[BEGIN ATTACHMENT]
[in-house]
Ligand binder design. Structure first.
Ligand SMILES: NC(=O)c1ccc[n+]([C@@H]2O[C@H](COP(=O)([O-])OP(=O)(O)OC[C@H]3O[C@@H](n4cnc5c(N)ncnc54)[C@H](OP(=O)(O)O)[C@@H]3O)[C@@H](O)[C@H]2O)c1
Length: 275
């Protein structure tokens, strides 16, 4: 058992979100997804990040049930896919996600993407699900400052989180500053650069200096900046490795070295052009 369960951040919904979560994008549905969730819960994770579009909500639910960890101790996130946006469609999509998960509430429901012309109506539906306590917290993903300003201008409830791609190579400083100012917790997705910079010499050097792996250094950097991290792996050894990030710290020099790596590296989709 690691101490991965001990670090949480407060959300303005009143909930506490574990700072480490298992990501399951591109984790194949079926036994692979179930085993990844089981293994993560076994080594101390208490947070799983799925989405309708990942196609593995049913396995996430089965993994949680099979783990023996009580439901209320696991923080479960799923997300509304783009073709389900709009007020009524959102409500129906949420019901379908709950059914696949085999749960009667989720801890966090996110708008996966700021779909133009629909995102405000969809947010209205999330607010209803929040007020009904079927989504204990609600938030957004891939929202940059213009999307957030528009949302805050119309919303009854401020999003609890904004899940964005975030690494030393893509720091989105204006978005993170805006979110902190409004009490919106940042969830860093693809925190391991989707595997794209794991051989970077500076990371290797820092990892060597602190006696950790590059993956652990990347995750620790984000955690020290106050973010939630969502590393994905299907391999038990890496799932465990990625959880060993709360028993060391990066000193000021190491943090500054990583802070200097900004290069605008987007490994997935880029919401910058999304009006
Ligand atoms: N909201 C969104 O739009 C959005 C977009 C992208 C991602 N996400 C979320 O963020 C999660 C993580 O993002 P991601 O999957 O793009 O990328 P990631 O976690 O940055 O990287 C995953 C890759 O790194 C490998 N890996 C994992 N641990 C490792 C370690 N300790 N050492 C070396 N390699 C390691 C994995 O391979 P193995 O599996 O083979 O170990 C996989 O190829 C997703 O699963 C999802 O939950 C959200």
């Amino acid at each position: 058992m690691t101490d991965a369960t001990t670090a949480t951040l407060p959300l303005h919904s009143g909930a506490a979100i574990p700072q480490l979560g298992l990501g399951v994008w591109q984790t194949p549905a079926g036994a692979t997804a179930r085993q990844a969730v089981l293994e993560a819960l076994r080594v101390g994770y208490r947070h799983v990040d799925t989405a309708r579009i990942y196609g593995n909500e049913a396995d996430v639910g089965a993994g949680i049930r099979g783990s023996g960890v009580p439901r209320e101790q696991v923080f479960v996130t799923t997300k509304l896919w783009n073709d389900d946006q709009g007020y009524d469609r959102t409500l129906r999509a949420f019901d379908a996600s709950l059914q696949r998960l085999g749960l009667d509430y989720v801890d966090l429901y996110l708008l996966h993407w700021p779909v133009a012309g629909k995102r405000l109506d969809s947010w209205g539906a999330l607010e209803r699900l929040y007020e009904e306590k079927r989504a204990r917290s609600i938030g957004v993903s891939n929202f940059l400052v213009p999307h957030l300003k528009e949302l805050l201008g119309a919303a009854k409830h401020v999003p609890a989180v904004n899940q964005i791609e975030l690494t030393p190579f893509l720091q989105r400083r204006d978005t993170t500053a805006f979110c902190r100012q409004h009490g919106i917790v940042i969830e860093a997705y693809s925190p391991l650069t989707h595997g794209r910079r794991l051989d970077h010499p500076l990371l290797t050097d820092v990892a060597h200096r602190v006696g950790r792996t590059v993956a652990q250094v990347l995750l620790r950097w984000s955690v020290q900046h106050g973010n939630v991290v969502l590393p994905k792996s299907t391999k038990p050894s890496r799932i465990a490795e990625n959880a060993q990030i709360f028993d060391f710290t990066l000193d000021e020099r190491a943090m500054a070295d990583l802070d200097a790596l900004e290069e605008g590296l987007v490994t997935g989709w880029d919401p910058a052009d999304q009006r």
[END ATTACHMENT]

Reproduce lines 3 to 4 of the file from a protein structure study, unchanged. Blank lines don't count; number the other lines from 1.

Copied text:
Ligand SMILES: NC(=O)c1ccc[n+]([C@@H]2O[C@H](COP(=O)([O-])OP(=O)(O)OC[C@H]3O[C@@H](n4cnc5c(N)ncnc54)[C@H](OP(=O)(O)O)[C@@H]3O)[C@@H](O)[C@H]2O)c1
Length: 275